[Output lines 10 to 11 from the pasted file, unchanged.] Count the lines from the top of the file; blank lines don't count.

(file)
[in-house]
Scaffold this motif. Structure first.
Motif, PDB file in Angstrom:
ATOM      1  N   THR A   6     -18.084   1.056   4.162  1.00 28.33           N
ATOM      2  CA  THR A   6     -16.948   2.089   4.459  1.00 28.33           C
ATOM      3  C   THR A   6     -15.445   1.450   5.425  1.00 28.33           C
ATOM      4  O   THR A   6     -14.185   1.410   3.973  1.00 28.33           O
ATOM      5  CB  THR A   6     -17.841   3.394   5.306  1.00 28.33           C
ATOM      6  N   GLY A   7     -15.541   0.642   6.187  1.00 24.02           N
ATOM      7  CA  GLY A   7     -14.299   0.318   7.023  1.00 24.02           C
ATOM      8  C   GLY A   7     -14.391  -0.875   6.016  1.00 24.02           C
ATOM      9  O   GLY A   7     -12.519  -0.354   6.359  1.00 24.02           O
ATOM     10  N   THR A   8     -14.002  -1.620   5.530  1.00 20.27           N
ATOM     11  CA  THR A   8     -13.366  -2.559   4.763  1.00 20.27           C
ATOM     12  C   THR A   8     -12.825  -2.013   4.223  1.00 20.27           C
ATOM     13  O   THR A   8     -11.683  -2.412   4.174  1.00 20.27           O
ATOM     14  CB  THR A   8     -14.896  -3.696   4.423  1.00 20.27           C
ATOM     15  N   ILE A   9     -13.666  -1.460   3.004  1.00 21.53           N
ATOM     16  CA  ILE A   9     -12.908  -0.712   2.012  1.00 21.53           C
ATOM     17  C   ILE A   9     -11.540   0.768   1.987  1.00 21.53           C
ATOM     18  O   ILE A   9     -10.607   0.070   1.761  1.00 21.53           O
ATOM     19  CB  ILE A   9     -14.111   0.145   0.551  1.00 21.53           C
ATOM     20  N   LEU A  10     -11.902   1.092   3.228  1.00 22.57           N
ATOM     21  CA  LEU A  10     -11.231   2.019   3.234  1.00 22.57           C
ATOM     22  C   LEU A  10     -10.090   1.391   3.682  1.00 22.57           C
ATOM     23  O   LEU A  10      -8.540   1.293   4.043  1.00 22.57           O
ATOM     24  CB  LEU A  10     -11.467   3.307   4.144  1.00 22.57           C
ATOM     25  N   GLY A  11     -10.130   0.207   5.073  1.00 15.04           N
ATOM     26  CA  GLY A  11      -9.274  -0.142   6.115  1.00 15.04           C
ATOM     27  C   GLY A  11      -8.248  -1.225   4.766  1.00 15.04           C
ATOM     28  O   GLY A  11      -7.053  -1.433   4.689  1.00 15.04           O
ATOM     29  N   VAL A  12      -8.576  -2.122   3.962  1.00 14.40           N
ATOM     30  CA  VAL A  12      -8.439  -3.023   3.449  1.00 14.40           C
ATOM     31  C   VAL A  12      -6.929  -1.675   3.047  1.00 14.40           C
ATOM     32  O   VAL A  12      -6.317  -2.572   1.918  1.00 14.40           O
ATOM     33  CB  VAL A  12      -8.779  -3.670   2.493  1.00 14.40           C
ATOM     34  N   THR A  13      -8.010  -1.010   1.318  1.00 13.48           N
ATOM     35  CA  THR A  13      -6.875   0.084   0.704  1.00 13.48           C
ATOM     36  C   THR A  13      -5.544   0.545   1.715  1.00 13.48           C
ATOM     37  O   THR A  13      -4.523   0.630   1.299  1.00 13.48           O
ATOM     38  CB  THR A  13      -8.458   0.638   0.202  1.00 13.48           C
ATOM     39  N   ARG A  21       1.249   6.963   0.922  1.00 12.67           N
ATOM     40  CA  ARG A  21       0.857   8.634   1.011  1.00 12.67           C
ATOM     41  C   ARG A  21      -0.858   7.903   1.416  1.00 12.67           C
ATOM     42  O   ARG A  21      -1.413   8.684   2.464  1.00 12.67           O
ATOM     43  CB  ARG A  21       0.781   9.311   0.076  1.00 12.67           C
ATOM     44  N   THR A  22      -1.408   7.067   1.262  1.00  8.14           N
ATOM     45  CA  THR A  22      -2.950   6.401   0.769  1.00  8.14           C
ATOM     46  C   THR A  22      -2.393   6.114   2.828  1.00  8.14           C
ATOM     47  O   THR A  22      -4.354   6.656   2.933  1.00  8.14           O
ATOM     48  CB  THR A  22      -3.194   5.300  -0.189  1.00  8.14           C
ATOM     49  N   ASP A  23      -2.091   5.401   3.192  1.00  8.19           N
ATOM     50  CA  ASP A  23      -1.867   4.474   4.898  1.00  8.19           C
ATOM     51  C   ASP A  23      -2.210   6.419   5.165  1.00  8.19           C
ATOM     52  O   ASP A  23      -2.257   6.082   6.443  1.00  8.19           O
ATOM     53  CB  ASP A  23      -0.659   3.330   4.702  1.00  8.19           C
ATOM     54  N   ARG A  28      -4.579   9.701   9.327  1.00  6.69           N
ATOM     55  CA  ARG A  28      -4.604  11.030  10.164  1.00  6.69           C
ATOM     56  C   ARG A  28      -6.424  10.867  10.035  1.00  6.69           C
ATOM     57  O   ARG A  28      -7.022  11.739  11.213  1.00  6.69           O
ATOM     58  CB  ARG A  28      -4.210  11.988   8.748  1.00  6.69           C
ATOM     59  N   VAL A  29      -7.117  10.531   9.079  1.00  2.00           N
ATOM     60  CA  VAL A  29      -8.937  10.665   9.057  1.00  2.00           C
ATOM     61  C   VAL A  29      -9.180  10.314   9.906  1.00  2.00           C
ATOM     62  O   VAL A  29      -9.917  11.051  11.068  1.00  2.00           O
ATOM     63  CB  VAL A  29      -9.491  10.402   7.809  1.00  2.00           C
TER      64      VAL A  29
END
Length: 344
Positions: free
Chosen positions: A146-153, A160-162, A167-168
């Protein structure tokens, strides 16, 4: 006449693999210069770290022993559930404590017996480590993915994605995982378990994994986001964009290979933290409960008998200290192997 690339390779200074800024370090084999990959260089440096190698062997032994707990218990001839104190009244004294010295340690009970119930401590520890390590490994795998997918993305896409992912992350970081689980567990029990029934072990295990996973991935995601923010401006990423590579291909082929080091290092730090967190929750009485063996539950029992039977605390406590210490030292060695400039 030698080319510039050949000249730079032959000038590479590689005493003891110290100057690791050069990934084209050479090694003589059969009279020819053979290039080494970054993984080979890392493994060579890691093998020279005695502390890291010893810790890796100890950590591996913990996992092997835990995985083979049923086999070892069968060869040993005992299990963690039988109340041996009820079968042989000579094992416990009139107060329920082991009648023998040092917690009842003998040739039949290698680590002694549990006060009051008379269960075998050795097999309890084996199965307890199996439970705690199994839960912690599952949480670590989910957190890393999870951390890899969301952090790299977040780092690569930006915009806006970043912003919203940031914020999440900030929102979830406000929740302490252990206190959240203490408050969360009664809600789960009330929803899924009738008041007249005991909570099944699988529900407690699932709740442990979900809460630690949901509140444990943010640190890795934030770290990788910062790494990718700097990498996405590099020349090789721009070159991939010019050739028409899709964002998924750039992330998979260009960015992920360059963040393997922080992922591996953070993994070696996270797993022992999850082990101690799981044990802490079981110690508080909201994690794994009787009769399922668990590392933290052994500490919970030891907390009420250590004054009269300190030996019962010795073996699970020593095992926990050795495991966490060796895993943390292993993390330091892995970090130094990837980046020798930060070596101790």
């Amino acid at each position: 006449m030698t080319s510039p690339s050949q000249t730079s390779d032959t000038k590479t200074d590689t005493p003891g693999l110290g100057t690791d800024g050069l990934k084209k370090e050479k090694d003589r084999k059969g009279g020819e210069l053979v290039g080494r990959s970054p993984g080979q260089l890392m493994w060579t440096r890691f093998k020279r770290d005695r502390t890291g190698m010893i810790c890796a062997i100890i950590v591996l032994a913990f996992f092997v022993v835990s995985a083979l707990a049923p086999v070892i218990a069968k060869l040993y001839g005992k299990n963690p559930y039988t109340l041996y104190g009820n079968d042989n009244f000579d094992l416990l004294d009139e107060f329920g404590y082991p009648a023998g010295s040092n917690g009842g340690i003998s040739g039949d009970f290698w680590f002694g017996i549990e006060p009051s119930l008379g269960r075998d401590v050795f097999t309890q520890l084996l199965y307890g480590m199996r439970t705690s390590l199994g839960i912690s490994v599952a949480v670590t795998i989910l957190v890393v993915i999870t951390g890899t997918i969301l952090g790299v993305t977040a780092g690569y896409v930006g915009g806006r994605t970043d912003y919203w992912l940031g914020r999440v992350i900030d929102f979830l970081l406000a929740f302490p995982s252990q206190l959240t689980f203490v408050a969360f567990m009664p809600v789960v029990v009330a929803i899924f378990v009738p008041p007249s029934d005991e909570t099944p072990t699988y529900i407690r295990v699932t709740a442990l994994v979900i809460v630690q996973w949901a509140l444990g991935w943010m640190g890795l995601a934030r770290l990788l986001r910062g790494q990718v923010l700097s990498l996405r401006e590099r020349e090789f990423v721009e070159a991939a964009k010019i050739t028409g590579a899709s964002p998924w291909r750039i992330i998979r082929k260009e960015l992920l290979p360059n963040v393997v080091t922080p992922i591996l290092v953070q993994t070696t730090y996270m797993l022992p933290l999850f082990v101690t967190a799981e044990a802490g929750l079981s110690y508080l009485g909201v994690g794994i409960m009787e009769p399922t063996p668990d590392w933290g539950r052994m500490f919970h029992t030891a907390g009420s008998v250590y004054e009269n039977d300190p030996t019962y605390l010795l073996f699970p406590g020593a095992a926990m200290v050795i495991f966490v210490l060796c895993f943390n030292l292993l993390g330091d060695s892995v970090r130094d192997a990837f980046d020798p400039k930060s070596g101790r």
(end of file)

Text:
ATOM      7  CA  GLY A   7     -14.299   0.318   7.023  1.00 24.02           C
ATOM      8  C   GLY A   7     -14.391  -0.875   6.016  1.00 24.02           C